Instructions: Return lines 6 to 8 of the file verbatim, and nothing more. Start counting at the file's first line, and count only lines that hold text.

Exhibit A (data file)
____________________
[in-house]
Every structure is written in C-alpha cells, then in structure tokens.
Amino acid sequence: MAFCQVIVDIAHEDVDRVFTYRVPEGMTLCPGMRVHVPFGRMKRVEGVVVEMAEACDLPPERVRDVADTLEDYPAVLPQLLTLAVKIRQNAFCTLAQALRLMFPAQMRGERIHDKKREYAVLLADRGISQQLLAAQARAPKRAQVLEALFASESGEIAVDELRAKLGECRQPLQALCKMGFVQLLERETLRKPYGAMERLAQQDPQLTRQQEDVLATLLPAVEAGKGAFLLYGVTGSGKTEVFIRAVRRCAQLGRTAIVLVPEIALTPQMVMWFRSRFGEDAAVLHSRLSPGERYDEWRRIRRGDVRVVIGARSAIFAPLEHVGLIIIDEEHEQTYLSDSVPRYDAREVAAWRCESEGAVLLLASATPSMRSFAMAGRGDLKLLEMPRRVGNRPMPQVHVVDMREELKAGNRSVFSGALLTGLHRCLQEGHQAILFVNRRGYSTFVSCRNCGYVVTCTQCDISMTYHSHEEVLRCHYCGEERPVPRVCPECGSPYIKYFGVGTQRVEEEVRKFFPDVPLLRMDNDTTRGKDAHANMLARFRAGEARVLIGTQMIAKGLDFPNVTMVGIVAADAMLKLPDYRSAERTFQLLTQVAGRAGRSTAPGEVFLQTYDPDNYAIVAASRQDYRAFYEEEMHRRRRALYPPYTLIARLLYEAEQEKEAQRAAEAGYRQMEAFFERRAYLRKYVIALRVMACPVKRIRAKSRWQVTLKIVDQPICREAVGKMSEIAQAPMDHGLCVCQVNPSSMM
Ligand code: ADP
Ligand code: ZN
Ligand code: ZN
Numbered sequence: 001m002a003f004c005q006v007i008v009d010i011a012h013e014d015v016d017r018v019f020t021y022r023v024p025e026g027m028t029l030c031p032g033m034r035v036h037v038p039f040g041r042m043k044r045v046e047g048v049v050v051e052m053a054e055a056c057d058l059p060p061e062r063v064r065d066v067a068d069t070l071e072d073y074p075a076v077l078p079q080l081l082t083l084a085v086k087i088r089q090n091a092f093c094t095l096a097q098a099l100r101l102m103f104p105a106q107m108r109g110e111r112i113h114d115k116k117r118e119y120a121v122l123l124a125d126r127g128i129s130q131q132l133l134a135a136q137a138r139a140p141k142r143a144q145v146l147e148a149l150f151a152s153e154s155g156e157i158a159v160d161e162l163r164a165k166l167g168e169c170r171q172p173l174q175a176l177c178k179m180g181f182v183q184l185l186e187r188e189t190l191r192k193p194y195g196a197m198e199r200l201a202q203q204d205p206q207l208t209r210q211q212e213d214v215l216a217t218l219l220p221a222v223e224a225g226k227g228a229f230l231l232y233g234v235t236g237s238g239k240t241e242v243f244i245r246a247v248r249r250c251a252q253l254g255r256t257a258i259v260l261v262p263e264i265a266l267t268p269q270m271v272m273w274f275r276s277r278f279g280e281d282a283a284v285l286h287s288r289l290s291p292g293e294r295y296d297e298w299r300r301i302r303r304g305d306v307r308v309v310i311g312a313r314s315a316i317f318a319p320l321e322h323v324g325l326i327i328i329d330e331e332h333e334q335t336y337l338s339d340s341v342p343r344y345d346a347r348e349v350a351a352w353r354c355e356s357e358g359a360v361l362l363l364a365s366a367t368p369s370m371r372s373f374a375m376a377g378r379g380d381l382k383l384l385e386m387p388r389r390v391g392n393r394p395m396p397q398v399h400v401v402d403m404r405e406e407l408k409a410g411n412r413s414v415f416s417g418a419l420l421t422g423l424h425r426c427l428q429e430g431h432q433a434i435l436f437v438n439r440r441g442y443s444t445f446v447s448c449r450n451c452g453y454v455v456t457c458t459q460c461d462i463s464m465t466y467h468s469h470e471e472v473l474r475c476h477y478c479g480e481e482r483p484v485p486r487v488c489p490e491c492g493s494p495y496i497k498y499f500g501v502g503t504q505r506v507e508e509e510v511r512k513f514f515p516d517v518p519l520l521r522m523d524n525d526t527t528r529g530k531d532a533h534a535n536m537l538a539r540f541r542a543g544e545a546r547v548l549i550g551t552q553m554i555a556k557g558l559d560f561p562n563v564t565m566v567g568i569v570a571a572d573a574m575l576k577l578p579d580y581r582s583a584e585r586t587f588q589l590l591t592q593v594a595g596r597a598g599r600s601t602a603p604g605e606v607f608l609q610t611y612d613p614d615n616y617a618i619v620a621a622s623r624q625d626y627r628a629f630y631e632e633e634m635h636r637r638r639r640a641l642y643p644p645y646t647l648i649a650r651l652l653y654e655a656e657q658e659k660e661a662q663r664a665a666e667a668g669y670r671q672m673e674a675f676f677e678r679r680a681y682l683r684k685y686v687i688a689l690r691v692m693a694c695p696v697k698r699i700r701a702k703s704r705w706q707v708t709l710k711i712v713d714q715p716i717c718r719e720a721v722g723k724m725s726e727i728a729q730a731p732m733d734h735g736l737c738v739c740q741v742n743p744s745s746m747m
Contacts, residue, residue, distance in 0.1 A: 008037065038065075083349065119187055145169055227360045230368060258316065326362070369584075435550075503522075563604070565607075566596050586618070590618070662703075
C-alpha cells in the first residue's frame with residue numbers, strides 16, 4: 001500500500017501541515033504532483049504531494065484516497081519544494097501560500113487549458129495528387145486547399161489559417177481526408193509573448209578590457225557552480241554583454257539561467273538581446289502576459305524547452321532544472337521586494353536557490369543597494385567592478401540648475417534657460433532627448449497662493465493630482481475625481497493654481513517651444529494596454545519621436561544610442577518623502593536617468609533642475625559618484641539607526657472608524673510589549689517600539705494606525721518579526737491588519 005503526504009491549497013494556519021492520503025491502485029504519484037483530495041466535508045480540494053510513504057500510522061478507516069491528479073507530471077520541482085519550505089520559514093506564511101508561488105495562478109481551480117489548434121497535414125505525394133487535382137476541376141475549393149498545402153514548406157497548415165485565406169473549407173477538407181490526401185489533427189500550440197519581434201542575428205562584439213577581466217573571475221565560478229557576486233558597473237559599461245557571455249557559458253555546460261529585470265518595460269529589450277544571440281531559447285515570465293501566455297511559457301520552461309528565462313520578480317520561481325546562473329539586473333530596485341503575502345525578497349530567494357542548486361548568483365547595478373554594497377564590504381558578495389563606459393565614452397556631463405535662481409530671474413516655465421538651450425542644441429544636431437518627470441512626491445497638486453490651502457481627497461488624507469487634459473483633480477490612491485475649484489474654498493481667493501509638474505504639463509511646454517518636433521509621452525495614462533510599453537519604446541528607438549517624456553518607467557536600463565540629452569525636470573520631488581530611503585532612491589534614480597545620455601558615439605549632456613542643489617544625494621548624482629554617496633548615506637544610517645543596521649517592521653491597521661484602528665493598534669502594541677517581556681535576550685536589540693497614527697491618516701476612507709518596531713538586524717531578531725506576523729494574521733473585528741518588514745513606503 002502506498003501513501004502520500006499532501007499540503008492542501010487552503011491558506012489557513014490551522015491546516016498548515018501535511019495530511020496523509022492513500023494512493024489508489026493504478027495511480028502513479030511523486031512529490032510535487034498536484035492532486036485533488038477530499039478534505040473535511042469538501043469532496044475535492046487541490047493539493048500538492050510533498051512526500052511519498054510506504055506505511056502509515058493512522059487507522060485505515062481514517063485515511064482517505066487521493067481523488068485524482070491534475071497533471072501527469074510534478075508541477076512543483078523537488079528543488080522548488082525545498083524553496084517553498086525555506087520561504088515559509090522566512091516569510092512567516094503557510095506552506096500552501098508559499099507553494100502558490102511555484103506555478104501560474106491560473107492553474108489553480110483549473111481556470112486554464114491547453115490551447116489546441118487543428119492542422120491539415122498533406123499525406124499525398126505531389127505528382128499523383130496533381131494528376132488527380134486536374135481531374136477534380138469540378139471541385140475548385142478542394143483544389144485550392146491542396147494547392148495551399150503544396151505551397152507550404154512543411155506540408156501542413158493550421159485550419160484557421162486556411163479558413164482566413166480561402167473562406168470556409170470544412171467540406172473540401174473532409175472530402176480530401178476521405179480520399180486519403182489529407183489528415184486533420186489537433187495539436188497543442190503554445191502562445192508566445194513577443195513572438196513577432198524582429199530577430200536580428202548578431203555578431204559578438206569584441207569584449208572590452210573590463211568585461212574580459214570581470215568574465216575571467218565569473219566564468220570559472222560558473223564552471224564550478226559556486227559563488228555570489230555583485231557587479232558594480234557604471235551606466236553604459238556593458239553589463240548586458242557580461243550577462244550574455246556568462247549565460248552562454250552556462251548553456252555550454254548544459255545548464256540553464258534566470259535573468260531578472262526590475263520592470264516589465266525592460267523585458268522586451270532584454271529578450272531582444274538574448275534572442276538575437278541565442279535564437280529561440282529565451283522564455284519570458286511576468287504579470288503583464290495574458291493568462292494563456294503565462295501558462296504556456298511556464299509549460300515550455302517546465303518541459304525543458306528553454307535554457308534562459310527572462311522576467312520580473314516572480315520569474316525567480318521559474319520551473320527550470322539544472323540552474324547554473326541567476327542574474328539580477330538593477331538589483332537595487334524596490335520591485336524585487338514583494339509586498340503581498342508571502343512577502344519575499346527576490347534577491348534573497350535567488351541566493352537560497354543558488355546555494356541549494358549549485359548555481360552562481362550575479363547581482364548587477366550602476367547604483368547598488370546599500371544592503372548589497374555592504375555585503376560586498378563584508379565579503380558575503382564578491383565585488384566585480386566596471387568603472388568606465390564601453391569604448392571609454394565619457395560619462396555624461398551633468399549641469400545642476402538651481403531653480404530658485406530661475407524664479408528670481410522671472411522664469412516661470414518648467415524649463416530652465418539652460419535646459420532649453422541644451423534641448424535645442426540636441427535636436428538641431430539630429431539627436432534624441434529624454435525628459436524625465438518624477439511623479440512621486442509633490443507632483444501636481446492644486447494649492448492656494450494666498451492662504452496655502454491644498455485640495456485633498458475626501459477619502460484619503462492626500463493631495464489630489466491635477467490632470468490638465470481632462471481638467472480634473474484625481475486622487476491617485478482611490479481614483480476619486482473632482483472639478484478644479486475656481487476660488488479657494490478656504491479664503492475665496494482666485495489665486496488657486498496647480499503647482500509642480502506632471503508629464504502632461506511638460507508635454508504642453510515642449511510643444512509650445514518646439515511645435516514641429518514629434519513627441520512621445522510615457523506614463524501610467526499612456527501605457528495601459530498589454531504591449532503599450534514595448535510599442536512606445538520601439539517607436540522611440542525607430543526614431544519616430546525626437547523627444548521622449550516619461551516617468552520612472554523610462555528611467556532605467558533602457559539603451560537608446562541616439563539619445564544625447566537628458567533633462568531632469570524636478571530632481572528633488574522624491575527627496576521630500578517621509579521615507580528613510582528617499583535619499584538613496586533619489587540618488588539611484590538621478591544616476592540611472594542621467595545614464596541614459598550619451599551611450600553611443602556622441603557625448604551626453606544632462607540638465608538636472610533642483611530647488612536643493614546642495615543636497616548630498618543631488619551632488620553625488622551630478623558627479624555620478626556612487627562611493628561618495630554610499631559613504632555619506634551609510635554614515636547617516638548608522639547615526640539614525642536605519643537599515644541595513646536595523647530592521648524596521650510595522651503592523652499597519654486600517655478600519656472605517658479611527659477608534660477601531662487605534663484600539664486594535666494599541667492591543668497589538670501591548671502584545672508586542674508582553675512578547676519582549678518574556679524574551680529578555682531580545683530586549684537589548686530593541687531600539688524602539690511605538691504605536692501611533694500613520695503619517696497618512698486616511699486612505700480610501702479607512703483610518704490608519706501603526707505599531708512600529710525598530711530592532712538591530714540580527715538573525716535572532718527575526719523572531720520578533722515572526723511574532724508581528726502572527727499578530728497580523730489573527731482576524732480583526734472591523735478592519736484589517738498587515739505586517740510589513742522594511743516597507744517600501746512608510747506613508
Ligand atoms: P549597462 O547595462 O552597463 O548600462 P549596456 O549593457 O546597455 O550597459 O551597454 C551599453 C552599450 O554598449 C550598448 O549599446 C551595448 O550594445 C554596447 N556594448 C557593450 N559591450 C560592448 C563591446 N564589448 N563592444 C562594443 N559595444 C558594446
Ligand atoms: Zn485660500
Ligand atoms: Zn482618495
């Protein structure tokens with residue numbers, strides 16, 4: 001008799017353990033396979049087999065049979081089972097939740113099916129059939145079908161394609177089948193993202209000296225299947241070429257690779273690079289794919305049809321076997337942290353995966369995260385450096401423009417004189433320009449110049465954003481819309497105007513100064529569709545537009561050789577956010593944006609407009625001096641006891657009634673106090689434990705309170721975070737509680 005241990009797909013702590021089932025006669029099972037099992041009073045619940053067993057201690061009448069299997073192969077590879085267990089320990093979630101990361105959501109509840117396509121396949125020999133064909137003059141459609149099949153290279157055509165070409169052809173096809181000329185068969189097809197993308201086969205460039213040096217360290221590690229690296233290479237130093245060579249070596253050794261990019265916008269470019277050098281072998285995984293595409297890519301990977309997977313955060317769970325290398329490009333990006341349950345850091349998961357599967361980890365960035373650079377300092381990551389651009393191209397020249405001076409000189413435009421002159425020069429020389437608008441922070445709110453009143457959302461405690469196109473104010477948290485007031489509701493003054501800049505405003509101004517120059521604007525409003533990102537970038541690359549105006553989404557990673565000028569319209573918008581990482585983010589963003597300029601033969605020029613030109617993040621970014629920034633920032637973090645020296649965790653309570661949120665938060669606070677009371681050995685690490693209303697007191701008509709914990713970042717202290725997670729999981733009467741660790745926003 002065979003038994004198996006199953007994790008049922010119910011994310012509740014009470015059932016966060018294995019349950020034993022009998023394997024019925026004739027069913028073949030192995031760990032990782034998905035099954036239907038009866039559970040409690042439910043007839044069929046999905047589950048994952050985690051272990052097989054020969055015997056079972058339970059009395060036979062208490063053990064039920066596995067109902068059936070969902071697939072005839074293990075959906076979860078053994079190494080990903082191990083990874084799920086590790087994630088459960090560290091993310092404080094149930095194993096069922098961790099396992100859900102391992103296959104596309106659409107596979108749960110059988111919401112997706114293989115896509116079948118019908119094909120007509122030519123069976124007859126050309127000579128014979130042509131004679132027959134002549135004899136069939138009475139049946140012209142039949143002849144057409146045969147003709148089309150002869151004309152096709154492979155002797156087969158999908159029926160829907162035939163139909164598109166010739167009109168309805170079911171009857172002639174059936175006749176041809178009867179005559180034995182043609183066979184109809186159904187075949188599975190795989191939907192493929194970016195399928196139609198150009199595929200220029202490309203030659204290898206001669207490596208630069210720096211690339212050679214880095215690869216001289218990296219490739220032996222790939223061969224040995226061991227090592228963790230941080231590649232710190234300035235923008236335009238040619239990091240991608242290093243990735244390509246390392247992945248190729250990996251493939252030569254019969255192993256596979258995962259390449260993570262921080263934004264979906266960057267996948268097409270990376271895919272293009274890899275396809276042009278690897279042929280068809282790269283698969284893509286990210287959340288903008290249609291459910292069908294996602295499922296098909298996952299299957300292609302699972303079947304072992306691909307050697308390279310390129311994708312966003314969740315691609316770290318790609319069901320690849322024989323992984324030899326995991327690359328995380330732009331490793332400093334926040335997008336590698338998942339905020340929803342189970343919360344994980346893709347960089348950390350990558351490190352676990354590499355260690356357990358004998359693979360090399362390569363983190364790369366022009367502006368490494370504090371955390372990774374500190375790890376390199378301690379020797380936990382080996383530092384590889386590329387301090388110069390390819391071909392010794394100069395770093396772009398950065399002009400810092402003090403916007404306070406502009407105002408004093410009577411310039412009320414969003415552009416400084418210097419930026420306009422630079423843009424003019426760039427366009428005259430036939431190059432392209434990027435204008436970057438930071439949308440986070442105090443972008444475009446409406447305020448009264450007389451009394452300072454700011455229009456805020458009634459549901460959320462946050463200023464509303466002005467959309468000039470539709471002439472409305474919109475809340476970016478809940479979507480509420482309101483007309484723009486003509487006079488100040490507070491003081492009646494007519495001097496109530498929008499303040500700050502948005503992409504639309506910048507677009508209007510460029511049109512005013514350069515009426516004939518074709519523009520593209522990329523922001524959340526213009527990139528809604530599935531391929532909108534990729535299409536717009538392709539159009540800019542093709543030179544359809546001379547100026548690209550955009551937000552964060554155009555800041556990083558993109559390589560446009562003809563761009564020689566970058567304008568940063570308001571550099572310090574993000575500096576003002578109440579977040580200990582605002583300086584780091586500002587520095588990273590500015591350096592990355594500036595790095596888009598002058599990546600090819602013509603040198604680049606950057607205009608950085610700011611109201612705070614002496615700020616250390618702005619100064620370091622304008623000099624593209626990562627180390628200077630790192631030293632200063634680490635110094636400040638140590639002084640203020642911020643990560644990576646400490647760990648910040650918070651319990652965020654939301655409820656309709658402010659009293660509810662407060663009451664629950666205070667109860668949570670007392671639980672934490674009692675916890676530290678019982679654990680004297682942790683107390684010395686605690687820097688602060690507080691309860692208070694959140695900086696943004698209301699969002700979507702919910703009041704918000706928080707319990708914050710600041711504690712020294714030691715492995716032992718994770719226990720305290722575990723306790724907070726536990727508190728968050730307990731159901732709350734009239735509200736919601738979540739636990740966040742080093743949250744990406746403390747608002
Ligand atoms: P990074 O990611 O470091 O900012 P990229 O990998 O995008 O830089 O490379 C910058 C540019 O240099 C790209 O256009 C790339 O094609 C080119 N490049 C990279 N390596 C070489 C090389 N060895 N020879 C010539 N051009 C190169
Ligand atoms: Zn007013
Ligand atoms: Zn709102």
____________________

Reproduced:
Ligand code: ZN
Numbered sequence: 001m002a003f004c005q006v007i008v009d010i011a012h013e014d015v016d017r018v019f020t021y022r023v024p025e026g027m028t029l030c031p032g033m034r035v036h037v038p039f040g041r042m043k044r045v046e047g048v049v050v051e052m053a054e055a056c057d058l059p060p061e062r063v064r065d066v067a068d069t070l071e072d073y074p075a076v077l078p079q080l081l082t083l084a085v086k087i088r089q090n091a092f093c094t095l096a097q098a099l100r101l102m103f104p105a106q107m108r109g110e111r112i113h114d115k116k117r118e119y120a121v122l123l124a125d126r127g128i129s130q131q132l133l134a135a136q137a138r139a140p141k142r143a144q145v146l147e148a149l150f151a152s153e154s155g156e157i158a159v160d161e162l163r164a165k166l167g168e169c170r171q172p173l174q175a176l177c178k179m180g181f182v183q184l185l186e187r188e189t190l191r192k193p194y195g196a197m198e199r200l201a202q203q204d205p206q207l208t209r210q211q212e213d214v215l216a217t218l219l220p221a222v223e224a225g226k227g228a229f230l231l232y233g234v235t236g237s238g239k240t241e242v243f244i245r246a247v248r249r250c251a252q253l254g255r256t257a258i259v260l261v262p263e264i265a266l267t268p269q270m271v272m273w274f275r276s277r278f279g280e281d282a283a284v285l286h287s288r289l290s291p292g293e294r295y296d297e298w299r300r301i302r303r304g305d306v307r308v309v310i311g312a313r314s315a316i317f318a319p320l321e322h323v324g325l326i327i328i329d330e331e332h333e334q335t336y337l338s339d340s341v342p343r344y345d346a347r348e349v350a351a352w353r354c355e356s357e358g359a360v361l362l363l364a365s366a367t368p369s370m371r372s373f374a375m376a377g378r379g380d381l382k383l384l385e386m387p388r389r390v391g392n393r394p395m396p397q398v399h400v401v402d403m404r405e406e407l408k409a410g411n412r413s414v415f416s417g418a419l420l421t422g423l424h425r426c427l428q429e430g431h432q433a434i435l436f437v438n439r440r441g442y443s444t445f446v447s448c449r450n451c452g453y454v455v456t457c458t459q460c461d462i463s464m465t466y467h468s469h470e471e472v473l474r475c476h477y478c479g480e481e482r483p484v485p486r487v488c489p490e491c492g493s494p495y496i497k498y499f500g501v502g503t504q505r506v507e508e509e510v511r512k513f514f515p516d517v518p519l520l521r522m523d524n525d526t527t528r529g530k531d532a533h534a535n536m537l538a539r540f541r542a543g544e545a546r547v548l549i550g551t552q553m554i555a556k557g558l559d560f561p562n563v564t565m566v567g568i569v570a571a572d573a574m575l576k577l578p579d580y581r582s583a584e585r586t587f588q589l590l591t592q593v594a595g596r597a598g599r600s601t602a603p604g605e606v607f608l609q610t611y612d613p614d615n616y617a618i619v620a621a622s623r624q625d626y627r628a629f630y631e632e633e634m635h636r637r638r639r640a641l642y643p644p645y646t647l648i649a650r651l652l653y654e655a656e657q658e659k660e661a662q663r664a665a666e667a668g669y670r671q672m673e674a675f676f677e678r679r680a681y682l683r684k685y686v687i688a689l690r691v692m693a694c695p696v697k698r699i700r701a702k703s704r705w706q707v708t709l710k711i712v713d714q715p716i717c718r719e720a721v722g723k724m725s726e727i728a729q730a731p732m733d734h735g736l737c738v739c740q741v742n743p744s745s746m747m
Contacts, residue, residue, distance in 0.1 A: 008037065038065075083349065119187055145169055227360045230368060258316065326362070369584075435550075503522075563604070565607075566596050586618070590618070662703075